This weekend, a Phoenix couple linked their digital identities in their first marriage that took place in the metaverse.
The wedding ceremony took place in the Decentraland in the presence of Supreme Court Justice Clint Bulik’s witnesses and an actual crowd of 2,000 guests on Saturday.
The bride and groom, Ryan and Candice Hurley, hired the Rose Law Group to legalize the marriage. The group’s founder and president, Jordan Rose, stated that this was the first wedding to take place on the blockchain-based metaverse.
“Since the metaverse is still in its infancy, we have developed a legal model for legally recognized marriage,” she told Cointelegraph.
The wedding ceremony was held at Rose Law Group in Decentraland. The legal team developed a “Polymarital Framework” by including a “Virtual Prenuptial Agreement” in which the spouses’ virtual identities and digital assets were identified as registered on the blockchain.
Meanwhile, the meta-marriage license identified, registered and tokenized the virtual identities of the couple and the location of the marriage on the blockchain as a non-virtual token (NFT). Rose explained:
“There is currently no legal basis for marriage in the metaverse, so whether or not it is legal is a matter of contract.”
“Unlike the real world, the metaverse is not limited by the physical limitations that limit your perfect wedding. Only in the Metaverse can the most attractive and most exotic dream wedding come true,” reads the event description in Decentraland. Rose added:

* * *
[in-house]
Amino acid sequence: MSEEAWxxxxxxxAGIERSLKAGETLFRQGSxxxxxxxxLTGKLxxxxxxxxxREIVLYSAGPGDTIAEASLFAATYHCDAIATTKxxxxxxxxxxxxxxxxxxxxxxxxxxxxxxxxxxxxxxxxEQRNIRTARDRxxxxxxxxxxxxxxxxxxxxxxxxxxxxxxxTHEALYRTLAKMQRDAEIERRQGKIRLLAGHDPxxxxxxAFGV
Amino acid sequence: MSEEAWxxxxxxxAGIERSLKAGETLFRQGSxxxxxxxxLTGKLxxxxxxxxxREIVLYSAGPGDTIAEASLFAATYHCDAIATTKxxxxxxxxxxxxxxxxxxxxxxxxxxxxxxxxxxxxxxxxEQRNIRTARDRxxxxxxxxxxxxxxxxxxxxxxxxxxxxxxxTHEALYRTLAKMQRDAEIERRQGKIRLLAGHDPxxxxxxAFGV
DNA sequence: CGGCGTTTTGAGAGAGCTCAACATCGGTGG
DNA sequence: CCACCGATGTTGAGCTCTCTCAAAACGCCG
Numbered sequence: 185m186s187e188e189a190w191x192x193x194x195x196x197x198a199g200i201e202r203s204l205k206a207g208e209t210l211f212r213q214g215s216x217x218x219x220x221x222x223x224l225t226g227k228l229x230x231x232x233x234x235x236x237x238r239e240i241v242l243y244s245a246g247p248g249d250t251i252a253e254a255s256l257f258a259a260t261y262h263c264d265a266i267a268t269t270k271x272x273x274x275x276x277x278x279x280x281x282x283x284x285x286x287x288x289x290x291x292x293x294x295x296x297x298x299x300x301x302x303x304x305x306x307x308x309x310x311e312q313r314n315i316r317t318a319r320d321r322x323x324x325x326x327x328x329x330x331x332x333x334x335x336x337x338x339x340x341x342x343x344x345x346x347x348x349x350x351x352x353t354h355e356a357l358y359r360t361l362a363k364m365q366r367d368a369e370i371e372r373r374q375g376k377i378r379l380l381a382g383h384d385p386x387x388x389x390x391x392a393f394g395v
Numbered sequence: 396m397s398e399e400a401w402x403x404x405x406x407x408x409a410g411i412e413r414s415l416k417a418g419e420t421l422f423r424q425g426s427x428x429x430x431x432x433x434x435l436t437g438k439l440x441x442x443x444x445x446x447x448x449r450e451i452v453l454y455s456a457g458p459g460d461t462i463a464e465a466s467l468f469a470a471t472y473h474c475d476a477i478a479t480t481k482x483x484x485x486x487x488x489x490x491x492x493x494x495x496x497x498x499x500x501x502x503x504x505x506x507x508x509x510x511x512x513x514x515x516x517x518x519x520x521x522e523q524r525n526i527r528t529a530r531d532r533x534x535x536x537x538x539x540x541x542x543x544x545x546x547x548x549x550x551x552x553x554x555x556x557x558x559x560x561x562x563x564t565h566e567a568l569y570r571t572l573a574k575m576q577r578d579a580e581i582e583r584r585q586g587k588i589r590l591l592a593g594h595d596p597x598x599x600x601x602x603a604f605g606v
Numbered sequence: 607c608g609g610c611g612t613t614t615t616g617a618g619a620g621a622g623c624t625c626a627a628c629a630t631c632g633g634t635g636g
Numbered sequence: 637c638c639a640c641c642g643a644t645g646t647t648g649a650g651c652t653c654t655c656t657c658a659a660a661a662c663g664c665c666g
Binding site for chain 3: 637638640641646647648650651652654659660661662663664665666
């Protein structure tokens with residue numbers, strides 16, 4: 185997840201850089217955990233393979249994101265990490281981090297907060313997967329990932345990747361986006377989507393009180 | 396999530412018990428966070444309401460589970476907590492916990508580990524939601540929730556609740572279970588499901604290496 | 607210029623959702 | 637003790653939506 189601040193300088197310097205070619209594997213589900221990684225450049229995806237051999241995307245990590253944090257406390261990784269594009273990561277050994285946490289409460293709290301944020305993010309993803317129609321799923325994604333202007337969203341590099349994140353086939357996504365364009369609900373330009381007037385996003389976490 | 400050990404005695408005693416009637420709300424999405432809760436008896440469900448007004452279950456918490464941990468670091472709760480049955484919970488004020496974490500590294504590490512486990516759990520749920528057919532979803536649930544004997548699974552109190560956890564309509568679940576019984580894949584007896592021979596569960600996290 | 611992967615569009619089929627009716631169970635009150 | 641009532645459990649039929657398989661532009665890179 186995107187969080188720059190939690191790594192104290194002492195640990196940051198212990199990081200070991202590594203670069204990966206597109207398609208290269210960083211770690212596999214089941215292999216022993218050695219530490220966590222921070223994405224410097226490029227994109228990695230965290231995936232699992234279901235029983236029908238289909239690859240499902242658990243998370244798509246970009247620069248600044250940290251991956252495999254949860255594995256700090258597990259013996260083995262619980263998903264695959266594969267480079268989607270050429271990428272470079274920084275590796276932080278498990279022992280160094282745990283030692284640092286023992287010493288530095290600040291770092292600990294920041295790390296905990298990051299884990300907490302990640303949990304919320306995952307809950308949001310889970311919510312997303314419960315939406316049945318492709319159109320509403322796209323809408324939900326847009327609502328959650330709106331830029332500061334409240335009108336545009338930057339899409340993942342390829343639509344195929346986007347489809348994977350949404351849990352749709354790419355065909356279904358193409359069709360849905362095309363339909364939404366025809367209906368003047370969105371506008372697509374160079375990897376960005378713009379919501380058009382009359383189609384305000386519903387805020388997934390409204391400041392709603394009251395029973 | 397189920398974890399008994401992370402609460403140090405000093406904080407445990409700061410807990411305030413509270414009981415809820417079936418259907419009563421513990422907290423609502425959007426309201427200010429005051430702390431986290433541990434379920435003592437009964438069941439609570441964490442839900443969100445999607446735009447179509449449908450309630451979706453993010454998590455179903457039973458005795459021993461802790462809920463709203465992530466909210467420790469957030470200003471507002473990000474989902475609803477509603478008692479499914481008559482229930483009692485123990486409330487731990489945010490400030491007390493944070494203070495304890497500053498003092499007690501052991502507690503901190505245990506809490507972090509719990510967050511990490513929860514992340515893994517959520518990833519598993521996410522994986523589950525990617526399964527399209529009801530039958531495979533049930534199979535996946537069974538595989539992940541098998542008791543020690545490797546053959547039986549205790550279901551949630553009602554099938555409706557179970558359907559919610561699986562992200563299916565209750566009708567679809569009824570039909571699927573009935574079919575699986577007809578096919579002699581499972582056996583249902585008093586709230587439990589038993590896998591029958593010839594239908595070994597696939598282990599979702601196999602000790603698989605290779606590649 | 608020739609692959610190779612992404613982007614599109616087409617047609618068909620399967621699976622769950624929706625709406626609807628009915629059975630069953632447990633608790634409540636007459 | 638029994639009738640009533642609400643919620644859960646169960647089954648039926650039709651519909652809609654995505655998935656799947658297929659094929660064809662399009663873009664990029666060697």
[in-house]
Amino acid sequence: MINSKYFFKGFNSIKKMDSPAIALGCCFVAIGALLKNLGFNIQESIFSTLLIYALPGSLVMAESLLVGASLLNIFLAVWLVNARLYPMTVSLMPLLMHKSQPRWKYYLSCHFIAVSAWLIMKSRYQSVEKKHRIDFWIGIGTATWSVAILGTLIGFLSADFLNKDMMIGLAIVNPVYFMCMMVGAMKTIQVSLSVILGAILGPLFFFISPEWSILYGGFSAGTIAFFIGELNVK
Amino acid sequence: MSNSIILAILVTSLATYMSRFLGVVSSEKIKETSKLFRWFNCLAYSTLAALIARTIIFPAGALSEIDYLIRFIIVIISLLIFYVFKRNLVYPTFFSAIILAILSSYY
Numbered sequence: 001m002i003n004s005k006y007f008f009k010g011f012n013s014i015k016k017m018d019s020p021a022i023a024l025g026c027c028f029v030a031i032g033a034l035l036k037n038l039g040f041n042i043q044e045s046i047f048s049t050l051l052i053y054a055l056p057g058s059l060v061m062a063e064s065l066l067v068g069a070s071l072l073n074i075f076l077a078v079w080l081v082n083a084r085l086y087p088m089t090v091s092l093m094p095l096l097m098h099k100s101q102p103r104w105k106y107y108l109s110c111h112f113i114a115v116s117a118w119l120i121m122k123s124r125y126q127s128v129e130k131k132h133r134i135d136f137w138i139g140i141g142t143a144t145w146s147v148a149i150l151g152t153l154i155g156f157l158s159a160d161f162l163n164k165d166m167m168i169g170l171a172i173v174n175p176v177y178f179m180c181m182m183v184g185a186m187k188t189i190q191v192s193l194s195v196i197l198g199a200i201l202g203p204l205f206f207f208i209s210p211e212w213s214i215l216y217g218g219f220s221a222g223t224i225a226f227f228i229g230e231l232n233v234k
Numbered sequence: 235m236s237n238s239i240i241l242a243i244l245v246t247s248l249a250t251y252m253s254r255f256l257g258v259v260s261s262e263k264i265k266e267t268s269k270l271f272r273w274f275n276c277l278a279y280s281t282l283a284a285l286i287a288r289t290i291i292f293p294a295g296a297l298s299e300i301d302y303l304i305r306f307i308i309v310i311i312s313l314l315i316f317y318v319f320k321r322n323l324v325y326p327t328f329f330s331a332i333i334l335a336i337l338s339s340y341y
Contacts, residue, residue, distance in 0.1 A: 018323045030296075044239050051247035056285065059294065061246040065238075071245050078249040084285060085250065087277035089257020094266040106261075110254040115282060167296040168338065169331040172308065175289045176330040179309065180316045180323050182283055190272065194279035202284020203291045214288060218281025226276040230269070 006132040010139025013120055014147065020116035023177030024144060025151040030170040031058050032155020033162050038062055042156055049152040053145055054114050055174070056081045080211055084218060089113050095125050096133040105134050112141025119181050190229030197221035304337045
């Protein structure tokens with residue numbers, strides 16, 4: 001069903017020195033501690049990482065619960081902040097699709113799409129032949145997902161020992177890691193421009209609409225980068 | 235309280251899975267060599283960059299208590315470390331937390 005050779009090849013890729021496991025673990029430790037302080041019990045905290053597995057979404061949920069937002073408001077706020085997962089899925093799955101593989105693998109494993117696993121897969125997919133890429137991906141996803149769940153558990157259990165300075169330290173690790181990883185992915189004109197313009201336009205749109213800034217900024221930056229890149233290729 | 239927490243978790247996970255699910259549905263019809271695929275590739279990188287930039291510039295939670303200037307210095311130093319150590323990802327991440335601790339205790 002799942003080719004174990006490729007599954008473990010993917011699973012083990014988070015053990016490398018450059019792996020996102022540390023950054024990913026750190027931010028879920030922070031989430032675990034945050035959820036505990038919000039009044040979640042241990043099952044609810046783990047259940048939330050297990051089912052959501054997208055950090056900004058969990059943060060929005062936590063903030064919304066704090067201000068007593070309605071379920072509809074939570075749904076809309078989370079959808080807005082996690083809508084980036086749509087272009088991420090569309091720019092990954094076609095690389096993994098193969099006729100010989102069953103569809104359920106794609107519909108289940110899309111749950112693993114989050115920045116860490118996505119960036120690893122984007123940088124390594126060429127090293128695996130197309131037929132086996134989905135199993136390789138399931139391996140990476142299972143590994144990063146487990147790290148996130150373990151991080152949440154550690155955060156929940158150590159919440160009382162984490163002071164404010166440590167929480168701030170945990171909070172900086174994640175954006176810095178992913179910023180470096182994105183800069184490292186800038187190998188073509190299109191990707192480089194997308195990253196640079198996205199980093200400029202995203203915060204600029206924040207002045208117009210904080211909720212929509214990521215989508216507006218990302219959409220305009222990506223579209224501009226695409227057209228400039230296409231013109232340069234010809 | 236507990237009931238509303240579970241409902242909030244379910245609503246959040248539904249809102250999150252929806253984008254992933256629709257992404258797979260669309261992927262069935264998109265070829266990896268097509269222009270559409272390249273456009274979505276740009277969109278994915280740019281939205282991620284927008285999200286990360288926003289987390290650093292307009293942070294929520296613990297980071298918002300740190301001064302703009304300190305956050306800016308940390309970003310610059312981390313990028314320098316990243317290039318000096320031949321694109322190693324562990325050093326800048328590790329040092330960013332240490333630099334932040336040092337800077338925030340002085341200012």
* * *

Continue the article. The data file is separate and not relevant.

“We see the future of the metaverse as truly decentralized and almost entirely on the blockchain, so the future of marriage in the metaverse should not have a real vision of their marriage.”
While the couple apparently envisioned their future wedding, they ran into some very old technical issues. Decentraland struggled to deal with the number of guests present, and gifts for NFT attendees were quickly received about 20 minutes after the event.
On top of that, Ryan’s avatar stayed in the aisle when Candice didn’t appear digitally, but only to a few guests. Depending on which server the contestants were split into, the bride was wearing a dress, a hoodie, or none at all.
An attendee struggles to make the party a success in Decentraland, instructing guests to check out Instagram’s Rose Law Group, as the couple sealed their vows live.
Despite Rose’s assertions about the legality of the wedding, it seems that many lawyers remain unconvinced. According to the US Department of Marriage, people should look like their real person during a formal wedding ceremony, not like their digital copies.
In addition, most US states do not allow the couple to marry via video conferencing or if the couple is in different locations during the ceremony.
The Hurley family has been married in the “real world” for 14 years after meeting them on Match.com.
Related: Couples Marry Ethereum Blockchain for $587 in Transaction Fees
While this wedding is the first of its kind in many ways, it certainly isn’t the only time the couple wants to immortalize their marriage on the blockchain.
In April 2021, a California couple working on crypto exchange Coinbase signed an Ethereum smart contract to issue token “rings” like NFT at the time of their wedding.
In 2014, the Disney World Bitcoin Conference hosted the first blockchain wedding, with the following message recorded on the chain: “For better or worse, until death do us part, because blockchain is forever.”